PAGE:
In the United States, the Centers for Disease Control & Prevention (CDC) reported that over 157 million have already received their first dose of vaccines, while more than 122 million are fully vaccinated. These numbers are still climbing as more people receive COVID-19 vaccines.
But even so, health experts said that the public should still practice caution until the majority of people are vaccinated. The public should still practice health protocols, such as wearing face masks when in public, regardless of their vaccination status.
This reminder might be confusing for some vaccinated people but at the beginning of the vaccination drive in the US, little is known about the possibility of COVID-19 transmission even after getting vaccinated. But a series of studies, including real-world data, have shown the potential of COVID-19 transmission for a fully vaccinated person.
Effectiveness of Vaccines
Real-world studies and clinical trials have shown that the COVID-19 vaccines currently available by vaccine developers, such as Pfizer-BioNTech, Moderna, Johnson & Johnson, AstraZeneca, and many others, are effective at preventing severe COVID-19.
Even with the variants recently discovered, scientists claim that existing vaccines are effective against them. According to Healthline, some of these vaccines are proven to be excellent at preventing infections, including asymptomatic diseases.
Recently, Pfizer and Moderna have announced that their COVID-19 vaccines are effective against the new SARS-CoV-2 variant found in India, identified as B.1.617 that the World Health Organization (WHO) deemed as a "variant of concern."
Can COVID-19 Be Transmitted After Vaccination?
At the beginning of vaccination drives around the world, the question of whether fully vaccinated people could transmit the disease has always been asked. But with the series of studies and real-world data, this is finally answered.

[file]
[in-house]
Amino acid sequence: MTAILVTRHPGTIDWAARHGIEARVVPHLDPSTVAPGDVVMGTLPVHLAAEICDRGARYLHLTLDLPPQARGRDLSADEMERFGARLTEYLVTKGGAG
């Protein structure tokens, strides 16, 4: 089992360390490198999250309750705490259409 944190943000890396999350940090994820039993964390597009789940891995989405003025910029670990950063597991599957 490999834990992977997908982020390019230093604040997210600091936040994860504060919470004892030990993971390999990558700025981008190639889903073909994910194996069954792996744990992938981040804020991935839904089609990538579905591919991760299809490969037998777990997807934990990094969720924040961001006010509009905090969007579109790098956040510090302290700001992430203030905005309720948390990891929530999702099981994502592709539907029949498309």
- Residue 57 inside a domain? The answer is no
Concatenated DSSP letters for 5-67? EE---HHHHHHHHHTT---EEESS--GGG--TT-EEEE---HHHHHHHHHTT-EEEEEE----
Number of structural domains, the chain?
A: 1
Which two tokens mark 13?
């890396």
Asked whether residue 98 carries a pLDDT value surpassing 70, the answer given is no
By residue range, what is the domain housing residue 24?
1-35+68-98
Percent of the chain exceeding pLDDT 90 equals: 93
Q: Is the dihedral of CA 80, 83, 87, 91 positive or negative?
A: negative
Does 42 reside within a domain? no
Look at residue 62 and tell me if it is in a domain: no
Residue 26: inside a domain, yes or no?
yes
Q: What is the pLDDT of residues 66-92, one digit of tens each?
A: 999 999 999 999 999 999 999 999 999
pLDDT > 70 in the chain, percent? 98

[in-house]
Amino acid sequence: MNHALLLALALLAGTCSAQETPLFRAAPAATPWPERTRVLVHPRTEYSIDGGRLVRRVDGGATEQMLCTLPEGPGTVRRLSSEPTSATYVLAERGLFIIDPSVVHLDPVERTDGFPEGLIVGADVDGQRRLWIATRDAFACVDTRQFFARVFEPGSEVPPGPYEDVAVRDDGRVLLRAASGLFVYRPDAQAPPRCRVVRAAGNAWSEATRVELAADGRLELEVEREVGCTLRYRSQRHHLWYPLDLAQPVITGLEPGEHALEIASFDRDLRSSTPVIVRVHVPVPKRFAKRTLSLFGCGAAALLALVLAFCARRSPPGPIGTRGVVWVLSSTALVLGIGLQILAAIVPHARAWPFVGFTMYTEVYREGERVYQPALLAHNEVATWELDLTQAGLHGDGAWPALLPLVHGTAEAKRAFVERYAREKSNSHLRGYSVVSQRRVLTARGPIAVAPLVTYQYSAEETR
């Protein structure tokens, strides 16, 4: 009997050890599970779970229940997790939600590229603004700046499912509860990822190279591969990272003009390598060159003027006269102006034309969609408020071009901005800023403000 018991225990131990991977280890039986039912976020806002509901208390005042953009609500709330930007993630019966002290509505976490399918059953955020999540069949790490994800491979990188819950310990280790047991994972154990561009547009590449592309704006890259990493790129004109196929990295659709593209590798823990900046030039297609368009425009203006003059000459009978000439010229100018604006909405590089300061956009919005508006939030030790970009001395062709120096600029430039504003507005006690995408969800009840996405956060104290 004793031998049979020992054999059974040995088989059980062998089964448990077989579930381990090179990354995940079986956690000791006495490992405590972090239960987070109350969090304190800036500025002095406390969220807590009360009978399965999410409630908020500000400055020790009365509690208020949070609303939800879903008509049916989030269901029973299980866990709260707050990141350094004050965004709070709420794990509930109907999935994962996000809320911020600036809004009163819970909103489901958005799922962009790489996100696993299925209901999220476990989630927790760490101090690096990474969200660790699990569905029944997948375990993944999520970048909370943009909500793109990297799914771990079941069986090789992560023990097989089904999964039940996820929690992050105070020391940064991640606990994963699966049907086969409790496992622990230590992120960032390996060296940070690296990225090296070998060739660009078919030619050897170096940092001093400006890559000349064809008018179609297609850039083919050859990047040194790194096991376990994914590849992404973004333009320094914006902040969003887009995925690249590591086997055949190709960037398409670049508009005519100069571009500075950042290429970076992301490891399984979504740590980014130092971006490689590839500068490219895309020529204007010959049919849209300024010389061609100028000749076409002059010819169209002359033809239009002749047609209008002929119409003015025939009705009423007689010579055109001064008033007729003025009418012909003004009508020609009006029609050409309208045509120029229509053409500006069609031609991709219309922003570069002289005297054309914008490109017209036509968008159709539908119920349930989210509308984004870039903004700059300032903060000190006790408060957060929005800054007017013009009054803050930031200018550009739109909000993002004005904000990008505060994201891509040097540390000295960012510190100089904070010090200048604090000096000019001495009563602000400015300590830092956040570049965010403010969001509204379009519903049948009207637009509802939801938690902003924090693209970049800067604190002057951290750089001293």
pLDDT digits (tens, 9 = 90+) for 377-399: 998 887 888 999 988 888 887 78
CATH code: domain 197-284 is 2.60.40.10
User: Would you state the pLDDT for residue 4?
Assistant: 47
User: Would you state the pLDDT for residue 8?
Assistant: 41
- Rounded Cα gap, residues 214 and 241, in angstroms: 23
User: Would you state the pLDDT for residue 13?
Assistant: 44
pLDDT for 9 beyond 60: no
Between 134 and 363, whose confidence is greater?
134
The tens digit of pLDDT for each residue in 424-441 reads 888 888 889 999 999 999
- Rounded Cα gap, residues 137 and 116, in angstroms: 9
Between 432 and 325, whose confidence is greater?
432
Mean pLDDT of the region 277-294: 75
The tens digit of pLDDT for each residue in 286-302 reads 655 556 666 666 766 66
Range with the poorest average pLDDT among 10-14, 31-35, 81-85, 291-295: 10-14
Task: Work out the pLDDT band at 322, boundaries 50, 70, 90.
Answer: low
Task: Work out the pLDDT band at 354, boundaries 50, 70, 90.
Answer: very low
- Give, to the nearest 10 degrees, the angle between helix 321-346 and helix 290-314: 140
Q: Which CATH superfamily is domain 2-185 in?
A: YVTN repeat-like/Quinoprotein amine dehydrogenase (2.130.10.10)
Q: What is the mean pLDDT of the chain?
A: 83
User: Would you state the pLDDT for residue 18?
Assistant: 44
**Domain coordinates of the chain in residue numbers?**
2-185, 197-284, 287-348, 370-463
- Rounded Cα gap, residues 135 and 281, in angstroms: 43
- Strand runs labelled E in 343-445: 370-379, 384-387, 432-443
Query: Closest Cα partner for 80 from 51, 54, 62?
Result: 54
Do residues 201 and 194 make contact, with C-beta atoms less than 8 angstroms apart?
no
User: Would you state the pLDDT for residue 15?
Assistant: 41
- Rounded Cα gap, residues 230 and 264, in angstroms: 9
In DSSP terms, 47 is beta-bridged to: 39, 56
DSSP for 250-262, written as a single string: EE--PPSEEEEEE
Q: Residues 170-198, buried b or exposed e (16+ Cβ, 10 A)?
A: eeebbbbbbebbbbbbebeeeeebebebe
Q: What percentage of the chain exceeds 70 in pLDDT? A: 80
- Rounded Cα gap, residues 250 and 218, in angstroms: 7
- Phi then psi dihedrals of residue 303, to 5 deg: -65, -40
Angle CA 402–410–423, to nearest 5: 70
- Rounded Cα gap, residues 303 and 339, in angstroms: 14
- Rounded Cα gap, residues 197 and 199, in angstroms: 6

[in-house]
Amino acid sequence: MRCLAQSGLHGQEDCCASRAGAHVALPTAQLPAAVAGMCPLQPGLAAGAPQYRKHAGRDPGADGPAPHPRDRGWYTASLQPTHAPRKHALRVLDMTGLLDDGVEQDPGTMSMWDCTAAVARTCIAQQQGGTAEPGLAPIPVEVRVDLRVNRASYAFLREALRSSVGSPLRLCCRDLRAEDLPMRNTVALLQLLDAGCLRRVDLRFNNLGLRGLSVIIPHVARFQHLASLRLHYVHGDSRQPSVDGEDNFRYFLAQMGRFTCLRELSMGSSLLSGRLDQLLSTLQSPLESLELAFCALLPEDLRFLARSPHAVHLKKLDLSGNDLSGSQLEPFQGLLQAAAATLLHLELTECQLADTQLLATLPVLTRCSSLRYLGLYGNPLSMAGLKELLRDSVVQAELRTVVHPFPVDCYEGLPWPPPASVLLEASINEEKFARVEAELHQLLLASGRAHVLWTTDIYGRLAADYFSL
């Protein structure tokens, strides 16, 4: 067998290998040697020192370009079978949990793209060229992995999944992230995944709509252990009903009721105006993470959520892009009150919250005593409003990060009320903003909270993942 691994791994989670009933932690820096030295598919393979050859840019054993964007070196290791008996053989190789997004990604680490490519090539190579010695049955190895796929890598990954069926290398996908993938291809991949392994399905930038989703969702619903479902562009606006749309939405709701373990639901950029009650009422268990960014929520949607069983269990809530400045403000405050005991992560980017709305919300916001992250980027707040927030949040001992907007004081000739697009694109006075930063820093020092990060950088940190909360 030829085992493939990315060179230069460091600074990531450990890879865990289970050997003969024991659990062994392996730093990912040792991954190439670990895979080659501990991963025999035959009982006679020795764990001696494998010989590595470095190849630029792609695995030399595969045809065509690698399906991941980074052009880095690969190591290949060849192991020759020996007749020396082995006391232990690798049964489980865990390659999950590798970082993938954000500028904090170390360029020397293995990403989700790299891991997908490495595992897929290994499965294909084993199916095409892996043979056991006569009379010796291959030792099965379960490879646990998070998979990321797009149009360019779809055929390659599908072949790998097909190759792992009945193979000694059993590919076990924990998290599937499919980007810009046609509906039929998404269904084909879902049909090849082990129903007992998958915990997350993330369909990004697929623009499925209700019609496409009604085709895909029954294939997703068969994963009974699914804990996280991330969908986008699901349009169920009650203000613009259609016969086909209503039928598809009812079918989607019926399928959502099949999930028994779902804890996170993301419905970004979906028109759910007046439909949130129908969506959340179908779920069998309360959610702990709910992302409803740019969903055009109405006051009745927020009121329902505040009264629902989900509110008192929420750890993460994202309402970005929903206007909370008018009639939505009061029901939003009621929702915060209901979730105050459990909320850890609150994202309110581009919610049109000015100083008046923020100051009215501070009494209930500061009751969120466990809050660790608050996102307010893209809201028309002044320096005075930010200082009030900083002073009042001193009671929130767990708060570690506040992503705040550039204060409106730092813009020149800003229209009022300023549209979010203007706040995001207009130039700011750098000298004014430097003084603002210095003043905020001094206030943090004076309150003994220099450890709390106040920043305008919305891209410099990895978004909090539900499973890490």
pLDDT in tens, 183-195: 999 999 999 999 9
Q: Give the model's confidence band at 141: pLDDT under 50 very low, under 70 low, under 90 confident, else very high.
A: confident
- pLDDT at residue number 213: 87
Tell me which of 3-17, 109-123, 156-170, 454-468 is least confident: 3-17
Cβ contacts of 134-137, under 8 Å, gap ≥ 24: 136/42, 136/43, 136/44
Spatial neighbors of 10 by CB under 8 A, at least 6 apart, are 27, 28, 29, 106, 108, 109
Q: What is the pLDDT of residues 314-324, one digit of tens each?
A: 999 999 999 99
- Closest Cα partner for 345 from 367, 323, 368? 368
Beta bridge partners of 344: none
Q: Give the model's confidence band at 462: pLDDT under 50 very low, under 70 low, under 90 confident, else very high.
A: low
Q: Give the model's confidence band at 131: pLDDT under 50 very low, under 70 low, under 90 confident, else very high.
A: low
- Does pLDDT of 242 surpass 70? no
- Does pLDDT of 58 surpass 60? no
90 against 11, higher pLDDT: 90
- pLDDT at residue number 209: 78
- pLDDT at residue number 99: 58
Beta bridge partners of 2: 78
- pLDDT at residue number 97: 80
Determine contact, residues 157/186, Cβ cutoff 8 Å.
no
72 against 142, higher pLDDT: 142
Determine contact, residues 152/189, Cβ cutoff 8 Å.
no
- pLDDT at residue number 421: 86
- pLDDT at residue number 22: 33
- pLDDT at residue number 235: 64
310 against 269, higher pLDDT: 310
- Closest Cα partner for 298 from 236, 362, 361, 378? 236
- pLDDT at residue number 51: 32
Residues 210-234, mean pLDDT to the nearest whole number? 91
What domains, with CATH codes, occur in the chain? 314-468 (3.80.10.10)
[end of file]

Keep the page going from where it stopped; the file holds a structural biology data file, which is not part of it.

An infectious disease expert at the University of California at San Francisco School of Medicine, Dr. Peter Chin-Hong thinks that fully vaccinated people are "very unlikely" to transmit the virus.
"The more evidence we get, it appears it's very unlikely for a vaccinated person to transfer the virus to someone else," Chin-Hong said according to Rochester First.com.
Moreover, the vaccines are found to be especially effective at preventing asymptomatic disease, which Chin-Hong says is where most of the transmission could be.
He cited the studies in the UK and in Israel where results showed "very little transmission from vaccinated people."
For instance, the study conducted in Israel showed that the Pfizer vaccine was at least 97% effective in preventing symptomatic disease, critical COVID-19, and death.
Writing in the Lancet, the authors said that "These findings are of international importance as vaccination programs ramp up across the rest of the world, suggesting that other countries can similarly achieve marked and sustained declines in SARS-CoV-2 incidence if they can achieve high vaccine uptake."
Ultimately, getting fully vaccinated decreases the chances of spreading COVID-19, and therefore, protecting the population.
Check out more news and information on COVID-19 Vaccines on Science Times.